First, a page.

it's that certain social structures have emerged through whatever combination of historical processes, some consciously designed and some not (eg the standard working week is probably a hangover from a time when industrial/manual work dominated the economy and maintaining a profitable level of production did actually require that many hours of labour (as some industries still do)) and those social structures happen to disproportionately benefit a small class of people and those people hold a lot of power and influence over the future shape of our social structures (in that they are the people making decisions about the direction of industries and how technologies will be used and what worker's lives look like and what mainstream media looks like), and keeping society more or less the same as it is right now is very much in those people's interests. so it's less like a conspiracy and more like a combination of the self-interested decisions of powerful people and general social resistance to radical change
Someone explain why kids in England go to school from September to July in 2013. Go on, do it.
which coincides with what should hopefully be the nicest weather and pleasant for the children?
but I'm worried you'll call me a sex offender again. Let's call this a draw.
We stick to a school calendar devised during an entirely different era, despite an overwhelming body of evidence (essentially all of south east Asia) demonstrating it's harmful to the educational prospects of our children. And for no reason other than it's what we've always done.
maybe that holds true for massive conglomerates that have existed for generations, but what about companies that have started up fairly recently that have no outside influence and would have no reason to follow any model except the one that yields the most profit?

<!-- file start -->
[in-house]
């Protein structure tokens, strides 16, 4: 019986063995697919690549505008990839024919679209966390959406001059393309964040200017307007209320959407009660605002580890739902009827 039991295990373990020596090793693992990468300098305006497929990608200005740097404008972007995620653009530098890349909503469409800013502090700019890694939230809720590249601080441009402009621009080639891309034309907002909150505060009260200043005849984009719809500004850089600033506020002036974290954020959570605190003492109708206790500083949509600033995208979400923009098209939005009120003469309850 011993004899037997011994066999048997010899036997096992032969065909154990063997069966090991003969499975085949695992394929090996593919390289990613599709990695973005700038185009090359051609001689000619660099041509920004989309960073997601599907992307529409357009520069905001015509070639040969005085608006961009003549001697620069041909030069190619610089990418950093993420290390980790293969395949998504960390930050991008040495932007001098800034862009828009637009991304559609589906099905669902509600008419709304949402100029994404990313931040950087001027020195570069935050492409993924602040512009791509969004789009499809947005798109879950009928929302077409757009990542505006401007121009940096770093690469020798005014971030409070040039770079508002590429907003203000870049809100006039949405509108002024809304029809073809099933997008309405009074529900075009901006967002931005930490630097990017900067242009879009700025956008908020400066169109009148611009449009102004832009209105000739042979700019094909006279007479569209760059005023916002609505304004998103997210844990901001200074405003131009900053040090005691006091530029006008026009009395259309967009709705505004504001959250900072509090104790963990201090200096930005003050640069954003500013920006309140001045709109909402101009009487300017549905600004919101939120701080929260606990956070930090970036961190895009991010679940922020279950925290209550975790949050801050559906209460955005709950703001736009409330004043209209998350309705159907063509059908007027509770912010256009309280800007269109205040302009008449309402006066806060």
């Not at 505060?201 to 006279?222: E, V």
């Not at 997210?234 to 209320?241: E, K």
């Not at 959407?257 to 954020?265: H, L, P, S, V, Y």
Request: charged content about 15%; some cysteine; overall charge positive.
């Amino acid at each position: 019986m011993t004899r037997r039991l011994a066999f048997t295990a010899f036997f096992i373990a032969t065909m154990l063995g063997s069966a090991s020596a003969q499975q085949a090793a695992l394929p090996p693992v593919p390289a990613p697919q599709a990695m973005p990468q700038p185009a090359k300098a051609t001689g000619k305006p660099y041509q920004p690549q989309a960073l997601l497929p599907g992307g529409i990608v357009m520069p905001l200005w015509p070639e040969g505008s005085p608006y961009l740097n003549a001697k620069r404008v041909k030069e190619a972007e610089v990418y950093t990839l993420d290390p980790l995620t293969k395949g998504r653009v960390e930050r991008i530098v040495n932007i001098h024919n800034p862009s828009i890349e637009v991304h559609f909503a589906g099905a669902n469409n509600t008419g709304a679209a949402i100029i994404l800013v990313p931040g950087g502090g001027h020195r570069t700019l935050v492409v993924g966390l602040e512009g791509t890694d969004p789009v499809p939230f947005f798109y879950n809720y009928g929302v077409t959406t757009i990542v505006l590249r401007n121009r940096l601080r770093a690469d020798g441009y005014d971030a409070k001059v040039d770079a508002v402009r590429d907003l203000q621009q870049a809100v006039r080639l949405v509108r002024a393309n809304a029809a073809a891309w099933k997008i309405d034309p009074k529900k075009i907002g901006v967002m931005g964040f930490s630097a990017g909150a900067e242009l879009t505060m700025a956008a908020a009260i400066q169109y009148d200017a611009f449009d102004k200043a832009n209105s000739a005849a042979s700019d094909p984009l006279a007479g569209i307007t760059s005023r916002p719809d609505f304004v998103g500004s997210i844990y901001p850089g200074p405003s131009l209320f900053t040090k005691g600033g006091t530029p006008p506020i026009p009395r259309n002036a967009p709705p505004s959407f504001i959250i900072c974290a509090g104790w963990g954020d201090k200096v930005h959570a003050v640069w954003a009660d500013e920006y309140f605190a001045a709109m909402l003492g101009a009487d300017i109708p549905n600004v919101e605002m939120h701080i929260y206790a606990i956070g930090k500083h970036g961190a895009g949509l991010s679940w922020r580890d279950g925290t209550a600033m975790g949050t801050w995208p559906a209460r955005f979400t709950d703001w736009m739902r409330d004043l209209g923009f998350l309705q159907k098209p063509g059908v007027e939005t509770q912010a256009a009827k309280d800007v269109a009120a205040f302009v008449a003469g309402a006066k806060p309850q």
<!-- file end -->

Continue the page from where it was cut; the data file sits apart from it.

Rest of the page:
I don't understand why they would allow so many people doing nothing to work for them. There must be more to it than existing social structures. idk
I can work 15hrs a week and spend the rest of the time on my dubstep album?
My company (of about 120 people) is run on the principles in this book: http://en.wikipedia.org/wiki/Maverick_(book)
It has it's own problems but presenteeism is not one of them.
Or a job, either would be good.
what are some of the problems?
The problems mostly come in transition from 'the outside world' - it isn't for everyone. There's very little hierarchy or process: nobody is going to tell you what to do when you get to your desk in the morning or when to leave, but you are encouraged to make an impact right away. So the first few months can be a head fuck and really intense as you try and work out how to get things done and indeed what needs to be done. You need to be quite self-motivated. But generally I think it makes people much more productive and innovative, as you are encouraged to think and act like a business owner all the time.
they meet in a nice light room somewhere
near the end he says:
'Clearly, the system was never consciously designed. It emerged from almost a century of trial and error'
'huge swathes of people, in Europe and North America in particular, spend their entire working lives performing tasks they secretly believe do not really need to be performed.'
pretty sure my job fits right into this.
There will increasingly be a moral imperative to the argument too, when does it become immoral to allow a human to complete a job, surgery, driving, whatever, that can be carried out in a less errpr-prone way by a machine?
I'll lay my dignity at the door to help bolster my point.
and the response it's going to get from pickledouef.
a bullshit job.
least of all Wza's mum (she told me later)
Administration – for instance – isn’t pointless at this present moment in time, as we haven’t yet reached a point of automation where it is no longer required. There still needs to be people filing stuff away. Things still need to be administered on a human level as many businesses have not progressed past that point. In 20 years time we may begin to feel the crunch of this matter as I think by then we will be far more advanced – but something else will take its place.